Kuhnle was third with 550 points and
btrecker was fourth with 512 The others
MAN TARGET. RING TARCET POINT TARCET.
The Three Targets Used by the Marksmen at the California Schuetzen Club Festival Yesterday.
who competed for the "most-center" prizes
will be announced later by the range com
mittee.
Last night the three-inch centers were
brought to this City and put in a machine
that measures to the one thousandth part
of an inch. The winners of the best
centers are as Oliows:
A. Strecker, ,9 points, $30: A. Jungbludt, 54
points, $25; F. Kuhnle, 79 points, $20; J. Ut
schig, 100 points, $17 50; J. G. McMillen, 121
points, $15; C. Kiring, 124 points, $12 50;
D. B. Faktor, 136 points, $11; C. Thier
bach, 148 points, $10; P. Brunotte, 153
points, $9; R. Steetin, 176 points. $8;
O. Burmeister, 186 points, $7 50; F. P.
Schuster, 212, $7; F. Baumgartner, 212,
t6 50; P. Jacoby, 231, $6; J. Robinson, 23d,
5 50; F. A. Kuhls, 265, $5; F. Schumann,
270, $4 50; L. Barrere, 278, $4; R. Finking,
288, $3 50 ; E. Ladd, 293, $3 50; J. Dawson,
320, $3 50; D. W. McLaughlin, 321,
$3; J. E. Klein, 339, $3: T. J. Car
roll, 370, $2 50; Dr. F. Bangs, 371. $2 50;
Dr. L.O. Rogers, 393, $250; Judge G>. Bahrs,
406, $2: R Schumacher, 444, $2; A. Rahwiler,
486. $1 50; W. Glindemann, 508, $150; U.
Ramensberger, 510. $1; H. R. Brown. 535, $1;
C. Meyer, 540. *1; H. Haake, 543, $1; J.
Straub, 553. $1; Karl Kline, 567, $1; O.
Bremer; 571, $1; A. Attinger, 662, $1; P.
Bohr, 666, $1 ; A. Breuss, 669, $1.
Next Sunday, the second day of the festi
val, the members and their guests will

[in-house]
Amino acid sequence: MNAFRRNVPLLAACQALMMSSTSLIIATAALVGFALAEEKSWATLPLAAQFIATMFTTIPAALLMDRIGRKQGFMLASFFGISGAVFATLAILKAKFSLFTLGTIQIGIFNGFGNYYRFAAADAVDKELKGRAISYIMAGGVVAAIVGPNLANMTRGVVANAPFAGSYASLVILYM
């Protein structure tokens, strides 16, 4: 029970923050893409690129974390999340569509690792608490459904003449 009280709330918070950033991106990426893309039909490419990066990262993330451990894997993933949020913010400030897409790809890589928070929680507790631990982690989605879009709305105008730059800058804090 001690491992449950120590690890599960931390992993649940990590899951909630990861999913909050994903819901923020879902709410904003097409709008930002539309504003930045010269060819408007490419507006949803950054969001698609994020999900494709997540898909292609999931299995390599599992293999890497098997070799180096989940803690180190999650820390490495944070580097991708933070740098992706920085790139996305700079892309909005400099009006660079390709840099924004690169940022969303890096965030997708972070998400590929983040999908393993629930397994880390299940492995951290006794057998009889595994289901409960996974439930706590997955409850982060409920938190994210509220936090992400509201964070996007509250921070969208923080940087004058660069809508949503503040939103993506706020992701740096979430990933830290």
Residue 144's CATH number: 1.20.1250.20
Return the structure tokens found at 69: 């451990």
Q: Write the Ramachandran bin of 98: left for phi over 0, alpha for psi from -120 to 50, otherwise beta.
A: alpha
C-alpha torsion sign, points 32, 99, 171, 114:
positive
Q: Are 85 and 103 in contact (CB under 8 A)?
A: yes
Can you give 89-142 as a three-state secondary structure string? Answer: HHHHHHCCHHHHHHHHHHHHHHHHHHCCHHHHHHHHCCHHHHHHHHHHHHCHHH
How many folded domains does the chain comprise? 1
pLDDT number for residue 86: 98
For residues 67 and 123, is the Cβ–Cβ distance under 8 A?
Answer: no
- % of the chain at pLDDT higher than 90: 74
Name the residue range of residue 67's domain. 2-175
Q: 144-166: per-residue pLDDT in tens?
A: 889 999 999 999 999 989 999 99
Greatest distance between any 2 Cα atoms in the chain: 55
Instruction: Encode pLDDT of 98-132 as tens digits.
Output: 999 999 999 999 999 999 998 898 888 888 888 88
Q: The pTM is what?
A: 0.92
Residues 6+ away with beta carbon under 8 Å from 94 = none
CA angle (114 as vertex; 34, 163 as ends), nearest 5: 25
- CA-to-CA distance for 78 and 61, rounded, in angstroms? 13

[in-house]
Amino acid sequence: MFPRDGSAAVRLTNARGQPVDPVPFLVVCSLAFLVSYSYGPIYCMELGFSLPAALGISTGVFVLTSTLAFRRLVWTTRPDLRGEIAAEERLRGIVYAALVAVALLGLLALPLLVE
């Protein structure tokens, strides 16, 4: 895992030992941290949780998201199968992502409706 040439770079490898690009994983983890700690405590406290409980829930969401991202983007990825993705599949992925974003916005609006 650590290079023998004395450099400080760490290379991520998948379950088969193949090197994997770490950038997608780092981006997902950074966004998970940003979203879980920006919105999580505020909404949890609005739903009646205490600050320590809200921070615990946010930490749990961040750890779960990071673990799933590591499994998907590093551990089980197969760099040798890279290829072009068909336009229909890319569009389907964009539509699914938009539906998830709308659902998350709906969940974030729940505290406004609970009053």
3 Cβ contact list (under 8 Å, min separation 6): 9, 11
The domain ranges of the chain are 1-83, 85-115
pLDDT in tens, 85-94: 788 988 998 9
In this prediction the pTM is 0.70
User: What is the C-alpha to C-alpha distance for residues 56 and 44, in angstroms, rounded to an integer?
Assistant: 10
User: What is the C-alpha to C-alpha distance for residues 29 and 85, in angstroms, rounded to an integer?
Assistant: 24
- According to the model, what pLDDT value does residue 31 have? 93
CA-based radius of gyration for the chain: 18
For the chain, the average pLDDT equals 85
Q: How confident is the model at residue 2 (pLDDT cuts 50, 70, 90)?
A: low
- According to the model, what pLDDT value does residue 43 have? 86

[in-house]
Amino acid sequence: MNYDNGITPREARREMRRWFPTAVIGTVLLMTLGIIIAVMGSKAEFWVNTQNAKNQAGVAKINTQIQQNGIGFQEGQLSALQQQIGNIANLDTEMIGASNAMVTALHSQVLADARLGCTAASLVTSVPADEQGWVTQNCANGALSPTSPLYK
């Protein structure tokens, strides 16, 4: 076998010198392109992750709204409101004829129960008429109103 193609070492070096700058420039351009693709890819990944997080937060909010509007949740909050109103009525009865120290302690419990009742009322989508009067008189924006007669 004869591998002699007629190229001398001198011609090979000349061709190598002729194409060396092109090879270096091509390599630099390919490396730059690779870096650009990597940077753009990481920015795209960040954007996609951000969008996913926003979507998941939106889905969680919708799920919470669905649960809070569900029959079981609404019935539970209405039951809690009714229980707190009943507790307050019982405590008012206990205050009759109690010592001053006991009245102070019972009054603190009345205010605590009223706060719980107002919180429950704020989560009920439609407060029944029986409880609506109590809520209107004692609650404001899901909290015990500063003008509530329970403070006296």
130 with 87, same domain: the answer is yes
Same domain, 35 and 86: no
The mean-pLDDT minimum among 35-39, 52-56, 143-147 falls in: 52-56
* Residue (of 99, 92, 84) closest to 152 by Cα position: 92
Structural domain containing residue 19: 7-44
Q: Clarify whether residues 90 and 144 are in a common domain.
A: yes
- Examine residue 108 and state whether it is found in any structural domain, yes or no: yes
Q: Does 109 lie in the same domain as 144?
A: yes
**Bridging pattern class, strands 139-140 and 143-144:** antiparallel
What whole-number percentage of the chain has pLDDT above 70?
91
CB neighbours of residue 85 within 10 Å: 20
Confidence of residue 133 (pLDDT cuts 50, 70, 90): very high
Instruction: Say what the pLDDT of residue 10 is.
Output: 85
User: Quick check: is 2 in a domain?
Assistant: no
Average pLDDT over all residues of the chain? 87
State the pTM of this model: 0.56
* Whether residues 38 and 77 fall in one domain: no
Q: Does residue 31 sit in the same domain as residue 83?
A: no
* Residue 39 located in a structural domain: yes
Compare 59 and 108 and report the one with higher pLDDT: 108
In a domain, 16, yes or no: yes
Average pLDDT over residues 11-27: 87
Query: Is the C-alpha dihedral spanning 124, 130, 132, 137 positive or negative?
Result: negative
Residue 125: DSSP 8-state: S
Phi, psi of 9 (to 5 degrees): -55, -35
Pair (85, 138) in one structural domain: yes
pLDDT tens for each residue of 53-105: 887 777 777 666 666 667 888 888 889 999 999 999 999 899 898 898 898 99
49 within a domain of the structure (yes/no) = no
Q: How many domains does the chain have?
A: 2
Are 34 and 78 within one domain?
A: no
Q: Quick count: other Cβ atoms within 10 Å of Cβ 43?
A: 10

shoot for cash prizes, medals and mer
chandise prizes on the King, honorary,
man and members targets.
AT SHELL MOUND PARK.
Some Good and Some Poor Scores
at the Range— Foster Cup Shoot
Next Sunday.
Every condition for good shooting pre
vailed at the Shell Mound range yesterday,
but strange to say the scores made by the
companies in regular and practice shoot
were hardly up to the average.
Company L of the First Regiment occu
pied the butts during the morning, the
scores being as follows:
Captain Eggart 43, E. O'Leary 16, A. H.
Breckwaldt 22, H. G, Leffman 33, J. Slattery
15, C. Lnuber 32, H. J. Leffman 15, D. N.
Rogers 16.
Company A of the Fifth made the best
score of the day so far as the National
Guaid is concerned. Captain Poulter
made the best score, 46, C. Poulter being a
close second with 45. Tne score for the
company is as follows:
A. J. Leech 31. Sergeant McCormick 40, C.
Puckett 40, L. Parrott 29, V. Brinck 36, W. J.
Peterson 35, A. Jahnigan 37, C. Brien 37, J.
Cleveland 40, G. Littlefield 39, F. M. Magillß4,
J. Tan 41, H. Kohler 6, F. Poulter 46, G. Jahni
gan 41, C. Poulter 45, J. W. Peck 34, George
Puckett 41, Dickerson 37, Moeller 10, J. T.
Grismore 27, C. Ellis 36, Bodwell 14, Learn 36,
Herman 22, Huuh 33.
Company P of the Fifth showed some
slight improvement over their record for
last month, as will be seen from the ap
dended score:
A. W. Blakeley 36, E. C. Weyber 20, H. M.
Turrell 18, H. F. Bennett 36, P. Waits 29, A.
F. Hanson 34, V. Petersen 29, <J. C. Covalt 42,
A. J. Harford 33, G. M. Crew 22, Mekerson 28,
Stocking 31, R. S. Mudge 27, W. E. Blakeley
15, Acting Sergeant Frasier 28, H. T. Howland
34, L. Bailister 34, U. G. Cox 32, Baker 32,
Harvey 31, Adams 25, Swanson 32, Stutt 30,
McGinnis4o, W. J. Wilson 30, Mitchell 37, S.
D. Wilson 36, F. B. Wilson 23, H. Parsons 40,